30 day map challenge

This year, I took part in the 30 day map challenge. I didn't manage to complete every single day, but I did my best, and I loved thinking about the datasets and picking the color palettes. Below are the maps I've made, with descriptions and links to data sources where relevant. The code and all maps can be found in this github repository.
It's been an interesting experience thinking about how information is visualized in maps. As scientists, we spend a lot of time thinking about the clearest way to convey our findings, but we often have a particular pattern in mind that we want to emphasize and to distill years of work into a single figure. In contrast, I found myself wanting to mentally 'zoom out' a lot when making these maps. Emphasizing any one aspect too much felt like losing track of the territory - but including all of the available information felt like I was no longer looking at a map of anything at all. As with many parts of life, this mapping adventure was an exercise in calibrated redundancy. Sometimes I succeeded, sometimes I failed, mostly I hoped for the best while waiting for my laptop to render.

This challenge has also made me think a lot about how we absorb information from maps. It's a little funny (in a sad way) that I research spatial navigation and have only learned recently that humans vary dramatically in how well we read maps. It's not surprising, of course, given everything else we know about variability in navigation skills. Some of the best navigators among us (London taxi drivers) learn by reading maps, intensively, and then relating the 2D representation to the territory. It's no wonder that it's a multi-year undertaking - but the directionality of the causal arrow is an interesting question. Is it that some people extract spatial structure just by glancing at a map and this skill can be honed, or is it that anyone could develop elaborate map-reading abilities if they put in years of practice?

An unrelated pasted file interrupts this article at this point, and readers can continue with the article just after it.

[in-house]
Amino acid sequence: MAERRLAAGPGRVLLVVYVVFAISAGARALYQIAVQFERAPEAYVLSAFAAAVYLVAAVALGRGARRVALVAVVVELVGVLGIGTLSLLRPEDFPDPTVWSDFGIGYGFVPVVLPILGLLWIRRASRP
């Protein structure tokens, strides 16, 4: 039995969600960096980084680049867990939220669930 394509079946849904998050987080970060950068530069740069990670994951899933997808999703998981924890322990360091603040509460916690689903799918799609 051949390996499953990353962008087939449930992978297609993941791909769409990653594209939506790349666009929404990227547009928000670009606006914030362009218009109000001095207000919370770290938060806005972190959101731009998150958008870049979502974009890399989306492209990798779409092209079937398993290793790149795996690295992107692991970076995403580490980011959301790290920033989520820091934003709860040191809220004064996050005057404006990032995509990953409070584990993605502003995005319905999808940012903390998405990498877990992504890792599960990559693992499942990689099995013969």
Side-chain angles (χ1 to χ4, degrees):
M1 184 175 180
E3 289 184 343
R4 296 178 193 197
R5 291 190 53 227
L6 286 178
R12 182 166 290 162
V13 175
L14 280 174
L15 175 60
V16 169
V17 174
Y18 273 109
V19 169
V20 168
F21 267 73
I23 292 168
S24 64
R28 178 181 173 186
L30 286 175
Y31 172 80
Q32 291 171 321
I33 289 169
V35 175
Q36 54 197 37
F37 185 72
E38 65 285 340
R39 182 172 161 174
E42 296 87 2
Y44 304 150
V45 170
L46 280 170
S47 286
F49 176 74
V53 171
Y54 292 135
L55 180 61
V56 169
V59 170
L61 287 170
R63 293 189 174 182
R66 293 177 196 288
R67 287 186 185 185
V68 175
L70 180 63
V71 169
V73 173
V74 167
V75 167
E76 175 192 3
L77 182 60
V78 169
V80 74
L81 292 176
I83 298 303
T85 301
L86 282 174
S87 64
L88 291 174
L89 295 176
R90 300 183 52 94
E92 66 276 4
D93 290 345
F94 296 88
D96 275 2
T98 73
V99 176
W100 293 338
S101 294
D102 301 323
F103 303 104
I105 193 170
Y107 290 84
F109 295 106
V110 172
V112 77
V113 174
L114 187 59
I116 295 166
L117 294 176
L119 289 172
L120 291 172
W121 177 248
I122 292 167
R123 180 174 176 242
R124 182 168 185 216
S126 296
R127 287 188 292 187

Either way, it seems important to understand human memory and behavior if we want to help people find their way in the world.

Day 1: Points. Philadelphia Tree Inventory.

Visualizing how green Philly's streets are. Lower tree canopy coverage relates to more heating in the summer - which tends to happen in underserved neighborhoods. Data: OpenDataPhilly.

Day 2: Lines. Philadelphia bike lanes and High Injury Network.

Overlaying the Vision Zero high injury network (orange) with existing bike lanes (teal) in Philly. Data: OpenDataPhilly.

Day 3: Polygons. Beer, wine, and spirits in Europe.

Consumption in L pure alcohol/capita of beer/wine/spirits. Data: Our World in Data.

Day 4: Hexagons. Cardinal observations in North America.

Cardinal sightings between October-December 2020. Data: GBIF.

Day 6: Red. Wildfires in the continental US 2010-2020.

Visualizing wildfires in the continental US between 2010-2020 in GIF form. Data: NIFC.

Day 7: Green. Forest coverage as the % of land area in 2020.

Data: Global Forest Watch.
Over the past decade, we have lost 4.5 million hectares of forest per year.

Day 8: Blue. A small section of the Alps.

My first attempt at using rayshader.

Day 9: Monochrome. A map of London.

Data: OpenStreetMap for R.

Day 10: Raster. Phytoplankton.

Chlorophyll concentration in the world's oceans in September 2021. Data: NASA Earth Observations.